It was a simple but fun idea; probably more cake than we actually needed, but really, who’s going to complain about having too much cake?!


Cheese Cake, Pt. 3: Putting it all Together

Here we are, the tests have been done, the embellishments are planned, and now we have to get it all together for the main event. Timewise it would be nearly impossible to get all the cakes baked, assembled and decorated the day of the event, so it takes some planning to get it all ready in a logical order.

As I mentioned in last week’s post, I made the marzipan crackers about a week in advance, so they would have time to dry and harden. I made all the cakes in the week leading up to the wedding and froze them until the night before. I first made the blue cheese cake, which was a sour cream cake. I baked it in a 10-inch pan, then cut it into wedges. I sliced the wedges in two, so I could put a layer of buttercream in the middle. then put a thin coat of frosting over each wedge of cake to help keep in moisture. I wrapped each in wax paper, then in plastic wrap, and froze them in a plastic container. They were well protected!

The brie cake was also a sour cream cake, and also baked in the 10-inch pan. I actually made two of these, as I wanted to make sure there would be enough cake for all the guests, but only one was part of the display. I spread a layer of ermine frosting (which you may remember from this post from last year) in the middle of these cakes, and again spread a thin crumb coat over the cakes and wrapped them up well to freeze. The gouda cake was an olive oil cake, with orange zest flavouring. This was made in a 14-inch pan, and I had to make two of these to get it to the right height, then frosted the same as the others.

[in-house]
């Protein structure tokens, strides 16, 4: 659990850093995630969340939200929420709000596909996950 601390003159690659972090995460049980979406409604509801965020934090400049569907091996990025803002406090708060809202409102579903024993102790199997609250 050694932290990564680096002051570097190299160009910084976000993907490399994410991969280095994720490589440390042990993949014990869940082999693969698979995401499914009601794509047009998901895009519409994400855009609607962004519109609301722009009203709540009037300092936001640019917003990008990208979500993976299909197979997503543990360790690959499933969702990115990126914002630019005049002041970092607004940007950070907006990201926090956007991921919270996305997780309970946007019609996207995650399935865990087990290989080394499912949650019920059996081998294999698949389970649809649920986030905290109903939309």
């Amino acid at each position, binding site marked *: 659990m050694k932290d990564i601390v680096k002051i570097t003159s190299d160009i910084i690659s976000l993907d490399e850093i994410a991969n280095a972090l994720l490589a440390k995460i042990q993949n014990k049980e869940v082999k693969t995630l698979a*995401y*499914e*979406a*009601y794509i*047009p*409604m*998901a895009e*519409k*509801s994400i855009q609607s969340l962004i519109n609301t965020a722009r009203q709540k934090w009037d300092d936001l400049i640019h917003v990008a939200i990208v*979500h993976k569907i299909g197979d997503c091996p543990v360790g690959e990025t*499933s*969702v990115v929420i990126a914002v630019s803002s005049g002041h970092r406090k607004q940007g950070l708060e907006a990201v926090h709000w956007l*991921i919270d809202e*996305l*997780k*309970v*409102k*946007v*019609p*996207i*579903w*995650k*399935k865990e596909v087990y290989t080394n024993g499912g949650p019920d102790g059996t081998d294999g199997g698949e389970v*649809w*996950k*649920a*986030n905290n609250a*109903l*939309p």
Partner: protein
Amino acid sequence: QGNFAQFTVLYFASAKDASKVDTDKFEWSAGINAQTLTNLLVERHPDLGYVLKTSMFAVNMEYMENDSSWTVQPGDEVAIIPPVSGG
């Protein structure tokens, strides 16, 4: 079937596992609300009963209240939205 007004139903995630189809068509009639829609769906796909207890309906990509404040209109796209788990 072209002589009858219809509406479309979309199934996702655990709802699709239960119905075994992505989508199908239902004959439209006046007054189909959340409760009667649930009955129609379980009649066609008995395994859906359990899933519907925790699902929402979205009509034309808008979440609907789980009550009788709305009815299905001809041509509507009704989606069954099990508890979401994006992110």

The day before the wedding all the cakes came out of the freezer and I spread each with another layer of frosting. This helped to smooth the surface of the cakes, which is important because otherwise every little bubble and bump would show through the marzipan. I also made all of the frosted grapes the night before, as I mentioned in last week’s post.

On the big day I was up at 6:00am to get started. We needed to leave around 10:00am to get to the venue on time to set up the cake, so I allotted an hour per cake, with an extra hour to get myself ready since we were also attending the wedding. I started from the bottom and rolled out the marzipan, which I had coloured the day before, for the gouda cake first. It was a good thing I had lots of counter space, because it needed to be rolled out quite large to fit over a 14-inch diameter by 4-inch high cake! It went pretty well, with not too much folding at the bottom, so it was relatively easy to trim and smooth. I then measured where the dowels would need to go to hold up the next layer, inserted them, and trimmed them to the right height.